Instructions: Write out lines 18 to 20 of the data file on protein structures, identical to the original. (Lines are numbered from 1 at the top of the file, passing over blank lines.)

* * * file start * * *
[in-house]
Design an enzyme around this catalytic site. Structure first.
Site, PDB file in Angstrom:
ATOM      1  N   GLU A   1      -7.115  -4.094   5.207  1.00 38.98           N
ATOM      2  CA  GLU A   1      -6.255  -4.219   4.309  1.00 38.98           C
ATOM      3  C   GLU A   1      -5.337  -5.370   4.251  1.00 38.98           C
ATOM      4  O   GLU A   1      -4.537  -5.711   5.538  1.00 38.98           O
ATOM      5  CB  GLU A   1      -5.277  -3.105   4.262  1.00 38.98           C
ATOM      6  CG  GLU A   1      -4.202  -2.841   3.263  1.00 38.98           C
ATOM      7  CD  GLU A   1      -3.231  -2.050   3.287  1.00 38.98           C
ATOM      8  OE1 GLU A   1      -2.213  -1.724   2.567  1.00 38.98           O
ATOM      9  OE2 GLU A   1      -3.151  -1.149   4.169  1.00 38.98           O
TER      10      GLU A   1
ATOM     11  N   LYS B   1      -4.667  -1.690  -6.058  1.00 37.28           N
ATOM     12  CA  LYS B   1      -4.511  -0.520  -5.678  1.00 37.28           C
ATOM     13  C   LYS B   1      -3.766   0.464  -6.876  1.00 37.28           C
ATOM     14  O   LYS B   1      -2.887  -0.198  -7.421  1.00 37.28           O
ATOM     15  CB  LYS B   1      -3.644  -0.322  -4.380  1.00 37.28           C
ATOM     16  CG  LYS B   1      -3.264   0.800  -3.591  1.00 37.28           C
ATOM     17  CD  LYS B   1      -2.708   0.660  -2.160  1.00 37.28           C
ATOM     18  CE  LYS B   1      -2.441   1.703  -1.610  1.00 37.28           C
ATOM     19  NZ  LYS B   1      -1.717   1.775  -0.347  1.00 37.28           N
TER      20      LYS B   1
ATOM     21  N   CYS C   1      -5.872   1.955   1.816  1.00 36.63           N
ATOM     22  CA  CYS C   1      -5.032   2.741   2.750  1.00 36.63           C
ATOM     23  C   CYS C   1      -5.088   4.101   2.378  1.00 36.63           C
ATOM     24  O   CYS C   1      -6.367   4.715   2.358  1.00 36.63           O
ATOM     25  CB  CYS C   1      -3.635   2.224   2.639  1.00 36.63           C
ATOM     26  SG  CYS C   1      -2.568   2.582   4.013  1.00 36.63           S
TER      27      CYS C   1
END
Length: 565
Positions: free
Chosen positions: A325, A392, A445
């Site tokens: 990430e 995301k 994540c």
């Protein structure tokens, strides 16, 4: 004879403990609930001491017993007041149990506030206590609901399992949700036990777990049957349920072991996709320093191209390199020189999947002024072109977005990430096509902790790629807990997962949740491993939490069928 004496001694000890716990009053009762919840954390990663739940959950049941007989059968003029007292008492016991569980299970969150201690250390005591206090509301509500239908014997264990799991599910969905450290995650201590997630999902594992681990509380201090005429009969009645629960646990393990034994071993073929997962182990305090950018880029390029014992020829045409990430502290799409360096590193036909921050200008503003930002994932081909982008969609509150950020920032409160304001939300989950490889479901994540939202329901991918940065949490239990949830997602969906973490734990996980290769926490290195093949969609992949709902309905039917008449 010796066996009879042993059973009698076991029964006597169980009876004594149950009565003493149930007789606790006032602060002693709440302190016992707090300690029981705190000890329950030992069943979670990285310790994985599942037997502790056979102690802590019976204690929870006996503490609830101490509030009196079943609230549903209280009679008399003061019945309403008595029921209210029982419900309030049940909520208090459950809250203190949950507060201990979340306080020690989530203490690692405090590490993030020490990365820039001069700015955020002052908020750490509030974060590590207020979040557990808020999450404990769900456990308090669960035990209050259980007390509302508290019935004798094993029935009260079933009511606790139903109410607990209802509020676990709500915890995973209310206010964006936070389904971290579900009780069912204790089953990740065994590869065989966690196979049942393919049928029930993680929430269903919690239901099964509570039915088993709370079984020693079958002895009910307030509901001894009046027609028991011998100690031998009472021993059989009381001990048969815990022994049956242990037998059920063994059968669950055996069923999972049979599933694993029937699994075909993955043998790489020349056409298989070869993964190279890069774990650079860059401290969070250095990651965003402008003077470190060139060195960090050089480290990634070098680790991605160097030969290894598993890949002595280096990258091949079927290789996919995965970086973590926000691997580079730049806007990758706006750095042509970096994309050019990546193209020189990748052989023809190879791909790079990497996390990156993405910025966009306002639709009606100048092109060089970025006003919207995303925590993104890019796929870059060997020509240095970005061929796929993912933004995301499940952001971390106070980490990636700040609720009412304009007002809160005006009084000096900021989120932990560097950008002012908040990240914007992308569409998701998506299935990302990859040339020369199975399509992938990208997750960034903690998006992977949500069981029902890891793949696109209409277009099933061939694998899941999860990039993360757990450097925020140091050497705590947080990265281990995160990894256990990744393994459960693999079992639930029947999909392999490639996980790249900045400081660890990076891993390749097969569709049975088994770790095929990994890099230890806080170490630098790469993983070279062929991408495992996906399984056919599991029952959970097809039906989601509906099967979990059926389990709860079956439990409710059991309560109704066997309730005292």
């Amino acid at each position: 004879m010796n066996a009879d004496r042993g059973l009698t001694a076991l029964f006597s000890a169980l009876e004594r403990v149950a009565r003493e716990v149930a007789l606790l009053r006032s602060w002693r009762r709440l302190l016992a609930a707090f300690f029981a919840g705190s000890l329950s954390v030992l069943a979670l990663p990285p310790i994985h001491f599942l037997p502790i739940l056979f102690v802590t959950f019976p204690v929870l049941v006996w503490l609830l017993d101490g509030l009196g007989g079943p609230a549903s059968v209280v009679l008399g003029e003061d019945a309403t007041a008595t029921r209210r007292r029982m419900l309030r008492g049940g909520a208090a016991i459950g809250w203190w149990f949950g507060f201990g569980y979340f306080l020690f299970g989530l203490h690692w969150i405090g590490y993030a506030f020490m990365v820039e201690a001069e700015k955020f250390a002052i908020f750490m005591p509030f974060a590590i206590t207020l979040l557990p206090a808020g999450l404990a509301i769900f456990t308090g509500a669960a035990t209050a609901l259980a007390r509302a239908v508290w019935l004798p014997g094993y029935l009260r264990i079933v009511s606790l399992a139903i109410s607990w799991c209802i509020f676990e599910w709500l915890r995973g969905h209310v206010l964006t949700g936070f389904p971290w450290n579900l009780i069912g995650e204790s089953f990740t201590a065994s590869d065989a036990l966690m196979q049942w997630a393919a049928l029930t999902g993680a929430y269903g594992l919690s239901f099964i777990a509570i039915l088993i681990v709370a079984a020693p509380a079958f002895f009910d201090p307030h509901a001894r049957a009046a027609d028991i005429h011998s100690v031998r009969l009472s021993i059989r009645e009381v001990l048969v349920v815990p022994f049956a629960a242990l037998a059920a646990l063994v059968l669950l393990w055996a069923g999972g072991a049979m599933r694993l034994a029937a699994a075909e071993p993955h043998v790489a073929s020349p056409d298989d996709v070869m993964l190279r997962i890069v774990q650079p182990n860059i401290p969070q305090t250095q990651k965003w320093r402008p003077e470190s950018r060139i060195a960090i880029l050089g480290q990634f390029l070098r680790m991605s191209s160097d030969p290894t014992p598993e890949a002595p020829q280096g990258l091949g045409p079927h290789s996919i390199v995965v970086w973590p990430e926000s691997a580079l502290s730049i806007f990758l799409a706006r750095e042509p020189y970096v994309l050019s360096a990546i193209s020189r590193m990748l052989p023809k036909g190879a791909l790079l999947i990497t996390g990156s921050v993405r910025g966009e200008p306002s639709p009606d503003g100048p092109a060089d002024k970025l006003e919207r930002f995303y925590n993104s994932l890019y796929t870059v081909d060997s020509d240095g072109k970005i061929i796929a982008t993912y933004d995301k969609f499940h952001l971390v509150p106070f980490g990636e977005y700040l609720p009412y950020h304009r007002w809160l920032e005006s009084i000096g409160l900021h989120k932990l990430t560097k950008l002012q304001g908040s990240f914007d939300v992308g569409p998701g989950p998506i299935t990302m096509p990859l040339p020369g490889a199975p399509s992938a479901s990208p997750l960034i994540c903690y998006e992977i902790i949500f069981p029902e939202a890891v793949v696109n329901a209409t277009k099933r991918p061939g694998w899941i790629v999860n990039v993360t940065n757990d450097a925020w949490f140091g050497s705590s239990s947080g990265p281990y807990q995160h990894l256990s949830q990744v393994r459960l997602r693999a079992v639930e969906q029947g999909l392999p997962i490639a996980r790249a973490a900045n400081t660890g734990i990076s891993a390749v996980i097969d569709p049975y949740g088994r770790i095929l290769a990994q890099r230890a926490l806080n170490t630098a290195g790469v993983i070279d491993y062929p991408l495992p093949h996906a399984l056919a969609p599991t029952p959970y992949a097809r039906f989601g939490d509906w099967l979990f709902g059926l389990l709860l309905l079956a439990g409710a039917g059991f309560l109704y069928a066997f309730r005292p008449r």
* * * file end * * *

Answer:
ATOM     15  CB  LYS B   1      -3.644  -0.322  -4.380  1.00 37.28           C
ATOM     16  CG  LYS B   1      -3.264   0.800  -3.591  1.00 37.28           C
ATOM     17  CD  LYS B   1      -2.708   0.660  -2.160  1.00 37.28           C